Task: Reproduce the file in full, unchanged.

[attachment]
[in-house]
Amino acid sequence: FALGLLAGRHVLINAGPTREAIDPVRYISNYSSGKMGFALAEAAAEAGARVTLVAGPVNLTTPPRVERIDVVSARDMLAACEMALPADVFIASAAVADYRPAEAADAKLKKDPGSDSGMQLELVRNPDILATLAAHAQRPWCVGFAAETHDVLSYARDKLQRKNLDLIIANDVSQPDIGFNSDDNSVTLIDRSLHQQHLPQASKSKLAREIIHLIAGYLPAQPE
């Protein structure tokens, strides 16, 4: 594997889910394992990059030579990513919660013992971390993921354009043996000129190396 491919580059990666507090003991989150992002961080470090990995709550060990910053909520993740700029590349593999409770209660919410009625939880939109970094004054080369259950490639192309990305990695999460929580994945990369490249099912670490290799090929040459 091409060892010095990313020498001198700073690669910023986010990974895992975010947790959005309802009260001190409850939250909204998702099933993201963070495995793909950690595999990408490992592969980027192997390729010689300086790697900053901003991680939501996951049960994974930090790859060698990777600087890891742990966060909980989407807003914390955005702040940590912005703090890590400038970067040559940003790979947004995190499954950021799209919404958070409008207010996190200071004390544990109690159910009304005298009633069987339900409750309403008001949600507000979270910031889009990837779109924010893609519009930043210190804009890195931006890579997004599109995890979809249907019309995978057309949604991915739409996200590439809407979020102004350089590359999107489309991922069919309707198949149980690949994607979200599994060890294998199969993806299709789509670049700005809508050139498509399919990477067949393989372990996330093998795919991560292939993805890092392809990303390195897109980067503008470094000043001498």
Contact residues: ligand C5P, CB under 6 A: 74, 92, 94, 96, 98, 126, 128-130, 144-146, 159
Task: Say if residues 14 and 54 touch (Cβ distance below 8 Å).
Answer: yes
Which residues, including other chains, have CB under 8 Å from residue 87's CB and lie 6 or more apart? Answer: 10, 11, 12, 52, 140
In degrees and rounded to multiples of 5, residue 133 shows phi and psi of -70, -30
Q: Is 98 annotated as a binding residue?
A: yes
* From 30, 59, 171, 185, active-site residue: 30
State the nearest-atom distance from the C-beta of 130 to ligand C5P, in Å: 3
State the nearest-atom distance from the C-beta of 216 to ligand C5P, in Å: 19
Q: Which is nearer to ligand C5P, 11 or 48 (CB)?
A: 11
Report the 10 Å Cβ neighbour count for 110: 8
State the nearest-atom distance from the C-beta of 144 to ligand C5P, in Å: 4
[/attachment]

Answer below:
[in-house]
Amino acid sequence: FALGLLAGRHVLINAGPTREAIDPVRYISNYSSGKMGFALAEAAAEAGARVTLVAGPVNLTTPPRVERIDVVSARDMLAACEMALPADVFIASAAVADYRPAEAADAKLKKDPGSDSGMQLELVRNPDILATLAAHAQRPWCVGFAAETHDVLSYARDKLQRKNLDLIIANDVSQPDIGFNSDDNSVTLIDRSLHQQHLPQASKSKLAREIIHLIAGYLPAQPE
């Protein structure tokens, strides 16, 4: 594997889910394992990059030579990513919660013992971390993921354009043996000129190396 491919580059990666507090003991989150992002961080470090990995709550060990910053909520993740700029590349593999409770209660919410009625939880939109970094004054080369259950490639192309990305990695999460929580994945990369490249099912670490290799090929040459 091409060892010095990313020498001198700073690669910023986010990974895992975010947790959005309802009260001190409850939250909204998702099933993201963070495995793909950690595999990408490992592969980027192997390729010689300086790697900053901003991680939501996951049960994974930090790859060698990777600087890891742990966060909980989407807003914390955005702040940590912005703090890590400038970067040559940003790979947004995190499954950021799209919404958070409008207010996190200071004390544990109690159910009304005298009633069987339900409750309403008001949600507000979270910031889009990837779109924010893609519009930043210190804009890195931006890579997004599109995890979809249907019309995978057309949604991915739409996200590439809407979020102004350089590359999107489309991922069919309707198949149980690949994607979200599994060890294998199969993806299709789509670049700005809508050139498509399919990477067949393989372990996330093998795919991560292939993805890092392809990303390195897109980067503008470094000043001498």
Contact residues: ligand C5P, CB under 6 A: 74, 92, 94, 96, 98, 126, 128-130, 144-146, 159
Task: Say if residues 14 and 54 touch (Cβ distance below 8 Å).
Answer: yes
Which residues, including other chains, have CB under 8 Å from residue 87's CB and lie 6 or more apart? Answer: 10, 11, 12, 52, 140
In degrees and rounded to multiples of 5, residue 133 shows phi and psi of -70, -30
Q: Is 98 annotated as a binding residue?
A: yes
* From 30, 59, 171, 185, active-site residue: 30
State the nearest-atom distance from the C-beta of 130 to ligand C5P, in Å: 3
State the nearest-atom distance from the C-beta of 216 to ligand C5P, in Å: 19
Q: Which is nearer to ligand C5P, 11 or 48 (CB)?
A: 11
Report the 10 Å Cβ neighbour count for 110: 8
State the nearest-atom distance from the C-beta of 144 to ligand C5P, in Å: 4